Theme: Extraterrestrials

Our Friends from Frolix 8 published 1970

In the far-off future mankind has evolved. The New Men are those with bigger brains and a greater intellect, while the Unusuals are mutants with psionic abilities. These two groups form a loosely-aligned ruling class who oppress the unevolved Old Men just struggling to get by. But don’t forget about the Under Men! They follow the writings of Eric Cordon and rebel against the whole class imbalance while waiting for Thors Provoni to return from outer space with some kind of help to free them from the tyrannical rule.

Our Friends from Frolix 8
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Our Friends from Frolix 8 is about as middle of the road as you can get with Dick’s minor works. I remembered almost nothing about it before I reread it. It’s redeemed by the oddball telepath and supreme leader of Earth Willis Gram, but only somewhat, and if you replaced sad-sack Nick Appleton with the protagonist from a dozen of Dick’s other stories you probably wouldn’t notice a difference.

Cast of characters

  • Nick Appleton – our protag. He’s employed as a tire regroover, an odd profession since the squibs in the book are flying vehicles
  • Bobby Appleton – Nick’s son
  • Kleo Appleton – Nick’s wife
  • Thors Provoni – left Earth to look for help in the far reaches of outer space
  • Willis Gram – Council Chairman of the Extraordinary Committee for Public Safety (Unusual)
  • Lloyd Barnes – the police director (New Man)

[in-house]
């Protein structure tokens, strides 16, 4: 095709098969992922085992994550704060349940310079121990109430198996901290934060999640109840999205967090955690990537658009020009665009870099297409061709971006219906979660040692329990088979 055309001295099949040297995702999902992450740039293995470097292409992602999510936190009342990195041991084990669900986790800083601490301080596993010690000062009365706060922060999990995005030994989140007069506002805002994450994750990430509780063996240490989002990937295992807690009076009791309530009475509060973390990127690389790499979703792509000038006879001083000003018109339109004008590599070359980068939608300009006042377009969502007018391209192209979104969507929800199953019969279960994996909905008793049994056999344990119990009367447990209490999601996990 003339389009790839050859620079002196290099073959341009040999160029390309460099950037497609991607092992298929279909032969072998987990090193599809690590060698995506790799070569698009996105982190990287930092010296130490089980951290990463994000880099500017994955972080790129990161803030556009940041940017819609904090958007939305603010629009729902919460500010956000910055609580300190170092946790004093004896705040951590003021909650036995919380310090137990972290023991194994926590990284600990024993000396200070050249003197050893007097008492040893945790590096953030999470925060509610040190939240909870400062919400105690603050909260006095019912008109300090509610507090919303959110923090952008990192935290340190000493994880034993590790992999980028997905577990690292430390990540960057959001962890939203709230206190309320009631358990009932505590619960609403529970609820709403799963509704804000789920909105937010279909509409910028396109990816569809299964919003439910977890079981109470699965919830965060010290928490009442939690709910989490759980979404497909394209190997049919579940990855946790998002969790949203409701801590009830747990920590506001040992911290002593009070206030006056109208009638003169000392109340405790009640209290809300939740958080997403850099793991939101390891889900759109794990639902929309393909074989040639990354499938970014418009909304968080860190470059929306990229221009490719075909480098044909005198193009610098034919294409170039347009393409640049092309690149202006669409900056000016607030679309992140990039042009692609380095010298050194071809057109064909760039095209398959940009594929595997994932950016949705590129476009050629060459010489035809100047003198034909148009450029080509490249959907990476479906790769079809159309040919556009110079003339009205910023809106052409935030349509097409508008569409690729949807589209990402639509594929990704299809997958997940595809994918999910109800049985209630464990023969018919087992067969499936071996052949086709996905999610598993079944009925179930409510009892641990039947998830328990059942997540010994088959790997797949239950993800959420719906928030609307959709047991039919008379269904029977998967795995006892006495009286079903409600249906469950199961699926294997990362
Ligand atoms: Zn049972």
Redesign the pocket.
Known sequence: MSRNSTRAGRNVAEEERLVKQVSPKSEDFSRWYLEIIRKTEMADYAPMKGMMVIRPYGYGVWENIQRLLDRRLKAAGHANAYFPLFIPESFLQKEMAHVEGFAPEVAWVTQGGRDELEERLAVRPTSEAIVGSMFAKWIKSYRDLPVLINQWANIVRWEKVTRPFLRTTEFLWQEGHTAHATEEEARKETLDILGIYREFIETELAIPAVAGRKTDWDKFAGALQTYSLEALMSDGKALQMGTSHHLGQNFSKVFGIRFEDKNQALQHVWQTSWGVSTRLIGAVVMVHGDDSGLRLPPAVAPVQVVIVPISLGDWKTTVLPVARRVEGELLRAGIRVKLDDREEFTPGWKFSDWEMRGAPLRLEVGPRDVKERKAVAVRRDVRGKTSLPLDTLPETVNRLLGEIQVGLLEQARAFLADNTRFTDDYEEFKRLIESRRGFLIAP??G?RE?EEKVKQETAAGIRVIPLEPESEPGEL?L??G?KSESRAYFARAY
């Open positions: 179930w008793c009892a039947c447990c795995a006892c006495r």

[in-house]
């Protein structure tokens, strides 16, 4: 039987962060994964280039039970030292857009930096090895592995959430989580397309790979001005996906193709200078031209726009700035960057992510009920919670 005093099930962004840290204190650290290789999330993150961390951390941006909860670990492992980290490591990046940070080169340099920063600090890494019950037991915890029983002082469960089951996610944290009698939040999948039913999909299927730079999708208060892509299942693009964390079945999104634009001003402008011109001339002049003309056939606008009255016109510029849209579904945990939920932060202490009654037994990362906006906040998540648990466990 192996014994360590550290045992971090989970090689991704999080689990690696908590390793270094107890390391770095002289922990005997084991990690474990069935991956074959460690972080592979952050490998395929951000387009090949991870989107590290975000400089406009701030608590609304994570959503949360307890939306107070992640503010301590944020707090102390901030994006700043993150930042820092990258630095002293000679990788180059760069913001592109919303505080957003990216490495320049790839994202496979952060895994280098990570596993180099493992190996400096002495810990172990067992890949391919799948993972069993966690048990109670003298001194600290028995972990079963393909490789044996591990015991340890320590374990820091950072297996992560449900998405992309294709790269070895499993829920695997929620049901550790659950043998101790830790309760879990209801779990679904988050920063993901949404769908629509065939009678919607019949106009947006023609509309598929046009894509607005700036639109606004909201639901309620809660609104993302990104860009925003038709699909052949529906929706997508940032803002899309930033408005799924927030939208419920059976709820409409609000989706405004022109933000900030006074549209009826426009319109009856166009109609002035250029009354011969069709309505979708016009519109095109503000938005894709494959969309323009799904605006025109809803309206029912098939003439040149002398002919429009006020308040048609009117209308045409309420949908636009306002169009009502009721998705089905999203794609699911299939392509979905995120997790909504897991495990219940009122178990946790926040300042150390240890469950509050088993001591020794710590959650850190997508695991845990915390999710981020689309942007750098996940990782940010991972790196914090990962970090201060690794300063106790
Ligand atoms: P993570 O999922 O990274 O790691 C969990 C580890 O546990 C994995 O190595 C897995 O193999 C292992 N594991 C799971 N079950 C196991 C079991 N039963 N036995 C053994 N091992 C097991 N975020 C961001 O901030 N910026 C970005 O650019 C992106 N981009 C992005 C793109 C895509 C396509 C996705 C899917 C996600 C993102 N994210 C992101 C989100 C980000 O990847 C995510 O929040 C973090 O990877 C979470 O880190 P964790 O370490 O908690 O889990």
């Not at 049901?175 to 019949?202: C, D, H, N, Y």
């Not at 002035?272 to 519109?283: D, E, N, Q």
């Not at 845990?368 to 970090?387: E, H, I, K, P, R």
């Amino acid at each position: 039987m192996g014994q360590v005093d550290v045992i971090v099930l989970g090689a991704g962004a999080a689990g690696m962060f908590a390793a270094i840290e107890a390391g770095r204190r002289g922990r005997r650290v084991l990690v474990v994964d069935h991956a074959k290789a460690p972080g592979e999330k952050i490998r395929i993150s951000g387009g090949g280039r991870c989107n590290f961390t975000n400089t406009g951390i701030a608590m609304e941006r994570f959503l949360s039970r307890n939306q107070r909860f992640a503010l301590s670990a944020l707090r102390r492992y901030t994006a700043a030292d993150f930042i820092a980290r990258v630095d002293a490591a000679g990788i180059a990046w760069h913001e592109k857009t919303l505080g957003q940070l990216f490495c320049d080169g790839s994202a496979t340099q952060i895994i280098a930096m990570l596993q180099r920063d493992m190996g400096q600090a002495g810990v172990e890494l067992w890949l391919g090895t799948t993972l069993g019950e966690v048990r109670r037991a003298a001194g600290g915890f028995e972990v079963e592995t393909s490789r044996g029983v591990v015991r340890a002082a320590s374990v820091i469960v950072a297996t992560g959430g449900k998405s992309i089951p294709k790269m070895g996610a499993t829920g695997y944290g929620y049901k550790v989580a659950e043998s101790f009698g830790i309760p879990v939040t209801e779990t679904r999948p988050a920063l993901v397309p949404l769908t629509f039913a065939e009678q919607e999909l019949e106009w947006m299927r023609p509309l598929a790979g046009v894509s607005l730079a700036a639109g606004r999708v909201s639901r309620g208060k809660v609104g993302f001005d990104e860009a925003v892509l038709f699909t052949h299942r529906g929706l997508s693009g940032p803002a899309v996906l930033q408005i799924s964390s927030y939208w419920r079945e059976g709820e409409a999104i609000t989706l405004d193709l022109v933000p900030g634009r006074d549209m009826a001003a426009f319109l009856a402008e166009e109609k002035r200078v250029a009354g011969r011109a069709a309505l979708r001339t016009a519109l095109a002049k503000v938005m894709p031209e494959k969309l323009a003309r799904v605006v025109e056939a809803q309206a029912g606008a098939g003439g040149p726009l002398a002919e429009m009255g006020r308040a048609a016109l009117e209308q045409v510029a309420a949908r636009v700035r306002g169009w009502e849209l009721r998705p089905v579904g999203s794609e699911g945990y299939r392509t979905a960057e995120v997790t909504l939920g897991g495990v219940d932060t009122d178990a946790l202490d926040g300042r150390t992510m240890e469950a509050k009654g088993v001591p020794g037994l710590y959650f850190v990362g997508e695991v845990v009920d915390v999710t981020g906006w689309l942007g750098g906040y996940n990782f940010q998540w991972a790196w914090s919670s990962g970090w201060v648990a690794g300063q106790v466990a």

• Eric Cordon – Under Man organizer and propaganda writer
  • Earl Zeta – Nick’s boss (Under Man)
  • Charlotte Boyer – a sixteen-year-old Under Man girl who gets involved with Nick
  • Denny – Charlotte’s boyfriend (Under Man)
  • Morgo Rahn Wilc – the Frolixan friend who accompanies Thors Provoni back to Earth
  • Amos Ild – one of the world’s smartest New Men

Rating:

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Clans of the Alphane Moon published 1964

One of Dick’s funniest premises. Former patients of a mental hospital abandoned by Earth on an Alphane moon have established a somewhat stable class system organized by mental disorder. The clans include the Pares (paranoids), Manses (manics), Deps (depressives), Polys (polymorphic schizophrenics), Skitzes, (schizophrenics), Ob-Coms (obsessive compulsives) and the Heebs (hebephrenics).

Clans of the Alphane Moon
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On Earth Chuck Rittersdorf is drawn into a plot involving the Alphanes and their quest to regain control of the moon. Mary Rittersdorf, a psychologist and Chuck’s estranged wife, travels to the moon to evaluate the inhabitants. Meanwhile Chuck gets involved with Bunny Hentman, a former criminal with ties to the Alphane government, who is currently working on Earth as a TV comic. He hires Chuck as a writer (apparently the scripts Chuck writes for CIA simulacra are gut-bustingly funny), but in reality Bunny is only using Chuck because of the connection to his wife.

Chuck eventually ends up on the Alphane moon, and the story wraps up with Chuck helping to convince the clans to accept Alphane rule as long as they aren’t put back into a mental hospital. Mary and Chuck tentatively resume their relationship (I forgot to mention Chuck was trying to kill Mary all this time with the use of a CIA simulacrum) and they both have mental evaluations. Turns out Mary is a Dep, but Chuck, who has a clean bill of mental health, decides to start a new clan on the moon called the Norms.

Clans of the Alphane Moon is filled with some of Dick’s most unique characters like the Heeb mystics and the telepathic Ganymedean slime Lord Running Clam, so it’s too bad we spend most of the book with Chuck, a typically bland PKD protagonist dealing with suicidal impulses and marital problems.

Cast of characters

  • Gabriel Baines – the Pare delegate
  • Howard Straw – the Mans delegate